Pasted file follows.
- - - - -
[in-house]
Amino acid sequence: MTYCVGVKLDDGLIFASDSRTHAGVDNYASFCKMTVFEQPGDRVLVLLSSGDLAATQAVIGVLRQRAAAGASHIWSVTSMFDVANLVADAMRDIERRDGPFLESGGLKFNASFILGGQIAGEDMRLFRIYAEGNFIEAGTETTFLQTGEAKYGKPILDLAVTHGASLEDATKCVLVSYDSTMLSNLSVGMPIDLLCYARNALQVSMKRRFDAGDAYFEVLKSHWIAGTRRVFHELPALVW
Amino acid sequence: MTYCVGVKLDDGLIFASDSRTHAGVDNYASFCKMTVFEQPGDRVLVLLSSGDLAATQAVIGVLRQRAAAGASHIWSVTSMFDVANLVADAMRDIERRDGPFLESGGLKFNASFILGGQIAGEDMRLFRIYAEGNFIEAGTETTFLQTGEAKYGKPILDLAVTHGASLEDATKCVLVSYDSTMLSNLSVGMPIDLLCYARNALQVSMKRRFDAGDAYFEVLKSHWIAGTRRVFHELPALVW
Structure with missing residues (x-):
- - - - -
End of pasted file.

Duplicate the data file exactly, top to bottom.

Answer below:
[in-house]
Amino acid sequence: MTYCVGVKLDDGLIFASDSRTHAGVDNYASFCKMTVFEQPGDRVLVLLSSGDLAATQAVIGVLRQRAAAGASHIWSVTSMFDVANLVADAMRDIERRDGPFLESGGLKFNASFILGGQIAGEDMRLFRIYAEGNFIEAGTETTFLQTGEAKYGKPILDLAVTHGASLEDATKCVLVSYDSTMLSNLSVGMPIDLLCYARNALQVSMKRRFDAGDAYFEVLKSHWIAGTRRVFHELPALVW
Amino acid sequence: MTYCVGVKLDDGLIFASDSRTHAGVDNYASFCKMTVFEQPGDRVLVLLSSGDLAATQAVIGVLRQRAAAGASHIWSVTSMFDVANLVADAMRDIERRDGPFLESGGLKFNASFILGGQIAGEDMRLFRIYAEGNFIEAGTETTFLQTGEAKYGKPILDLAVTHGASLEDATKCVLVSYDSTMLSNLSVGMPIDLLCYARNALQVSMKRRFDAGDAYFEVLKSHWIAGTRRVFHELPALVW
Structure with missing residues (x-):